November 11, 2017
Rob Viglione is a former officer in the U.S. Air Force, having served as an analyst, researcher, and project manager during his four-year tour. Rob is also the co-founder of the cryptocurrency ZenCash. And as far apart as the worlds of the Air Force and fintech might appear to be, you can draw a direct line from one to the other.
When on his tour, Rob’s experiences outside the U.S. revealed to him the importance of a financial infrastructure that would remain intact regardless of what differing opinions any given governing regime might hold. Here, in honor of Veteran’s Day, is a written interview I ran with him about his veteran background and how it impacted his creation of a currency aimed at opening up private, secure, and borderless transactions for those in need across the globe.
Could you sum up your company and goals?
ZenCash is a privacy-oriented cryptocurrency that is hyper-focused on usability. Our goal is to provide the world’s most secure blockchain (the technology that underpins bitcoin and other cryptocurrencies) so that everyone in the world has equal access to basic economic and communication infrastructure.
How has your experience as a veteran informed who you are as an entrepreneur?
The military toughens you up and makes you grow up fast; that’s why I joined. These are character traits that help no matter which industry or career path you choose, and I’d say they’re uniquely derived from the experience. You learn what’s important, see the big picture, and maybe most critically, learn to persevere beyond what you thought were your personal limits. I’ve heard it said that grit is the single biggest determinant of success. I agree with that, and I can’t think of a better way to gain it than by serving in the military.
What’s in the future for ZenCash?
We’re changing the world one block at a time. For me, this is all about creating a system based on strong cryptography that enables beneficial social change. We’re tearing down walls every day and creating an inclusive economic system in which anyone can participate. On a practical level, we’re creating opportunities for people without many, and that’s something I’m very passionate about expanding.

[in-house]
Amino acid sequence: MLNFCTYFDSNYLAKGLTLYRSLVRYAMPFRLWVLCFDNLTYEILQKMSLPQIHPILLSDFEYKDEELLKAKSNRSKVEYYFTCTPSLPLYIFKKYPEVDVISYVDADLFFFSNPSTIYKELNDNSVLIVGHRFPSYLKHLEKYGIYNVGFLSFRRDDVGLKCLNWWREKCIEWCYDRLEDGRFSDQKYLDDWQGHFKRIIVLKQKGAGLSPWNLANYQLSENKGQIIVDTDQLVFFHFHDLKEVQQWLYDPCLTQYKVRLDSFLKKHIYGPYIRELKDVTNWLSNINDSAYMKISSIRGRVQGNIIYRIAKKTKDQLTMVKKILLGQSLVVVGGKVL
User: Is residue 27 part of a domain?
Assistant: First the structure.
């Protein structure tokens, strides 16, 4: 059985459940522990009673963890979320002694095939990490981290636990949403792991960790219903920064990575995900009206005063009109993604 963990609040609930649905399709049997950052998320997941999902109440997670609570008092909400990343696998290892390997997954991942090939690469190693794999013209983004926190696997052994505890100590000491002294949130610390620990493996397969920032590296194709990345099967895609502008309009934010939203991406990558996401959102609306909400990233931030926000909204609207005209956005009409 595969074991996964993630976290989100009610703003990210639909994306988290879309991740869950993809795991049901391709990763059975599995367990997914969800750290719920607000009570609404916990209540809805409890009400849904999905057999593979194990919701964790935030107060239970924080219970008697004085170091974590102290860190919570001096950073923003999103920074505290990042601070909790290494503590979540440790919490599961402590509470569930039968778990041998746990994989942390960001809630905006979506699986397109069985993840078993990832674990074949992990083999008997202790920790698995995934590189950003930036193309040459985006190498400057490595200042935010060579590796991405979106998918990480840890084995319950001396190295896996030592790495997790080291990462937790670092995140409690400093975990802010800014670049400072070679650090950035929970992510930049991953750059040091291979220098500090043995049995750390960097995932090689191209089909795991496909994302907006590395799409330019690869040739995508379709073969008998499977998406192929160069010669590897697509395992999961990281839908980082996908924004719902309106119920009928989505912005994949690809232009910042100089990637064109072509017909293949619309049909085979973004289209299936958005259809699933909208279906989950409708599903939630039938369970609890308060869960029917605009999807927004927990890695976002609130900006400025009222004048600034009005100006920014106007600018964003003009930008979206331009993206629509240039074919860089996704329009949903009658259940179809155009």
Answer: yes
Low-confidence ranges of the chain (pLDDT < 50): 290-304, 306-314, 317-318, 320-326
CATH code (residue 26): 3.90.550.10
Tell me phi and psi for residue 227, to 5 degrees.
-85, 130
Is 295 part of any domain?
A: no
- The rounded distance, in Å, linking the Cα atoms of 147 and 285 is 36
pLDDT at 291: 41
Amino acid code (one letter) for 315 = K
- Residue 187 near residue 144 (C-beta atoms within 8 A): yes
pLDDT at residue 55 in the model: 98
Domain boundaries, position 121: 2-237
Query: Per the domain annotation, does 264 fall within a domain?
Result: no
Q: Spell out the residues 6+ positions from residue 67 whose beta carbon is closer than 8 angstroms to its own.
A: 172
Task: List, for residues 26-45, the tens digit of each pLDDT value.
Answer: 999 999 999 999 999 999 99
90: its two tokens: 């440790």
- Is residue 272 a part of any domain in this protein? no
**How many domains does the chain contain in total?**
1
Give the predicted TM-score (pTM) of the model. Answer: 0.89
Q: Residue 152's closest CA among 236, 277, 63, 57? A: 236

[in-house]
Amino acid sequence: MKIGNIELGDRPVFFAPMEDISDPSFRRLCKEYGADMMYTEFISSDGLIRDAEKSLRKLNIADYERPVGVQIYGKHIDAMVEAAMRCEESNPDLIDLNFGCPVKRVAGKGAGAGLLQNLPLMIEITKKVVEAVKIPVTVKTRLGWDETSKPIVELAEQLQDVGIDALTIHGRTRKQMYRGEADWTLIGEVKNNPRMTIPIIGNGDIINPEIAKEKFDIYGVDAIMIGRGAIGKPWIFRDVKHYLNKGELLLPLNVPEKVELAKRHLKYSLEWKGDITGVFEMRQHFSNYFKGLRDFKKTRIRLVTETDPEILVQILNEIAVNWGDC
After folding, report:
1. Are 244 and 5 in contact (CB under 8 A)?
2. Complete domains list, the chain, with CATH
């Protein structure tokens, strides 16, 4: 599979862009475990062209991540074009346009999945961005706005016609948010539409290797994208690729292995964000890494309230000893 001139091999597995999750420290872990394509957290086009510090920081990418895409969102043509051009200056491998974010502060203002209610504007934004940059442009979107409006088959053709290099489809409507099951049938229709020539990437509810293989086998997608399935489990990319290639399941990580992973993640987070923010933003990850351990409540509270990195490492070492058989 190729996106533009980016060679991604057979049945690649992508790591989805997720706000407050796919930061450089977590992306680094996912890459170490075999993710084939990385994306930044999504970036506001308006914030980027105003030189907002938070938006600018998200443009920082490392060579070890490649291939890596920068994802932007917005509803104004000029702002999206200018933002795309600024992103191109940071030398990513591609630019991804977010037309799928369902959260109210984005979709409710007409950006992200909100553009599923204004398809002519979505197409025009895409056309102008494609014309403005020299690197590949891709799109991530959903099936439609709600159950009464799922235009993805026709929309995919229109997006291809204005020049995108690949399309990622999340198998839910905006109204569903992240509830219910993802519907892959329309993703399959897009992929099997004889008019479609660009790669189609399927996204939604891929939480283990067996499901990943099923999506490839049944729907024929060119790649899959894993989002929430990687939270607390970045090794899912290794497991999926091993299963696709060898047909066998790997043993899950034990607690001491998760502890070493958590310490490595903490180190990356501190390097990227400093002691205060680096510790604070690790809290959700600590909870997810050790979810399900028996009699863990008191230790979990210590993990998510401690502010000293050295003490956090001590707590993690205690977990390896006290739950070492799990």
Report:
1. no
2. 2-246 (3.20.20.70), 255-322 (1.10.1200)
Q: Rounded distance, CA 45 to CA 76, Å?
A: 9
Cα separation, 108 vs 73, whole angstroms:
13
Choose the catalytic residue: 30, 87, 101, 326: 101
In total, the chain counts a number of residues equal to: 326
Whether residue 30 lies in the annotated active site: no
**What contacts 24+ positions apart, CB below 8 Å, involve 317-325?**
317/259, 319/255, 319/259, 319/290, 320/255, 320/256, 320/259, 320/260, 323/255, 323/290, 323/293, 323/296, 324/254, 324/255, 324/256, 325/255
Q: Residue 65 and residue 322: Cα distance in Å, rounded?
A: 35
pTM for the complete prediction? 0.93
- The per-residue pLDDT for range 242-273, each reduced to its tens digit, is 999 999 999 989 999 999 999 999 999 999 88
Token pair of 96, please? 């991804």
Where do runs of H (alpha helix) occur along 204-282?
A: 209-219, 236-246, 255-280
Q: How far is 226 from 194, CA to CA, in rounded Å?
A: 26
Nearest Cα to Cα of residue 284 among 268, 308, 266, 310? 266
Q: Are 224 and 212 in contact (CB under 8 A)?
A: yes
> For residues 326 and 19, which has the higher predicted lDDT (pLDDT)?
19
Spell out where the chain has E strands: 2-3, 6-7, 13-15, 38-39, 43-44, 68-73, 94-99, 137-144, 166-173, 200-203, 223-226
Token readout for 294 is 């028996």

For the fellow technically-minded individuals reading this, the ZenCash future will entail censorship-resistant publishing via IPFS and other great systems, domain fronting, network data propagation anonymization, a protocol-level treasury voting system, scaling R&D likely leading toward implementing a directed acyclic graph (DAG) evolution of the blockchain, what we think will be the coolest digital wallet in the industry, and all sorts of partnerships, integrations, and services that make using ZEN more useful.
Any advice for aspiring entrepreneurs?
There are a number of ways to become an entrepreneur, and they don’t always involve launching your own venture. Fundamentally, what it means is that you’re a sort of business scientist, you’re experimenting with new ideas in real-time, getting feedback, and hopefully paying attention to the market to continuously improve. You can start thinking this way even as an employee, cultivate the mentality, and refine it to the point where you’re able to branch off on your own. One thing I’ve learned is that finding the right people to work with is probably more important than finding the right idea, so take the time to build your team. If you can, start small with a prototype version and test it out with customers. Grow naturally and never be complacent.
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